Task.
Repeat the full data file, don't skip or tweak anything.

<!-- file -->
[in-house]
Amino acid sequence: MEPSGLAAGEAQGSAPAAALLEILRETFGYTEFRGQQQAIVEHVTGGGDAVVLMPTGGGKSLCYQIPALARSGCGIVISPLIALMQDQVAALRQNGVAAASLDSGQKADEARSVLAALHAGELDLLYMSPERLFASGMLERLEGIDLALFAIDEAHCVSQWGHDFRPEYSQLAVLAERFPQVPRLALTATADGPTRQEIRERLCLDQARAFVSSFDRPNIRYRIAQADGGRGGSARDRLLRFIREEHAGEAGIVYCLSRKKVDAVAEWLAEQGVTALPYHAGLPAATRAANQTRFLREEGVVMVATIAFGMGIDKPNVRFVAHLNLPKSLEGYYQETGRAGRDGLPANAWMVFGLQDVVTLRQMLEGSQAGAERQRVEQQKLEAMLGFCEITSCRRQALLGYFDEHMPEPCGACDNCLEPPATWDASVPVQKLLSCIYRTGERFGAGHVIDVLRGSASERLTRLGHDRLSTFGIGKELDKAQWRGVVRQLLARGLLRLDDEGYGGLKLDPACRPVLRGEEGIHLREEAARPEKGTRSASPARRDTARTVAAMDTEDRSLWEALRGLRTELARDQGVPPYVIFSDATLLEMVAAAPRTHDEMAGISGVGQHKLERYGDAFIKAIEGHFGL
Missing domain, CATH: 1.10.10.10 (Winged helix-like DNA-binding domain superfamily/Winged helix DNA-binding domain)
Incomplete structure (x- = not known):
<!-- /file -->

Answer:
[in-house]
Amino acid sequence: MEPSGLAAGEAQGSAPAAALLEILRETFGYTEFRGQQQAIVEHVTGGGDAVVLMPTGGGKSLCYQIPALARSGCGIVISPLIALMQDQVAALRQNGVAAASLDSGQKADEARSVLAALHAGELDLLYMSPERLFASGMLERLEGIDLALFAIDEAHCVSQWGHDFRPEYSQLAVLAERFPQVPRLALTATADGPTRQEIRERLCLDQARAFVSSFDRPNIRYRIAQADGGRGGSARDRLLRFIREEHAGEAGIVYCLSRKKVDAVAEWLAEQGVTALPYHAGLPAATRAANQTRFLREEGVVMVATIAFGMGIDKPNVRFVAHLNLPKSLEGYYQETGRAGRDGLPANAWMVFGLQDVVTLRQMLEGSQAGAERQRVEQQKLEAMLGFCEITSCRRQALLGYFDEHMPEPCGACDNCLEPPATWDASVPVQKLLSCIYRTGERFGAGHVIDVLRGSASERLTRLGHDRLSTFGIGKELDKAQWRGVVRQLLARGLLRLDDEGYGGLKLDPACRPVLRGEEGIHLREEAARPEKGTRSASPARRDTARTVAAMDTEDRSLWEALRGLRTELARDQGVPPYVIFSDATLLEMVAAAPRTHDEMAGISGVGQHKLERYGDAFIKAIEGHFGL
Missing domain, CATH: 1.10.10.10 (Winged helix-like DNA-binding domain superfamily/Winged helix DNA-binding domain)
Incomplete structure (x- = not known):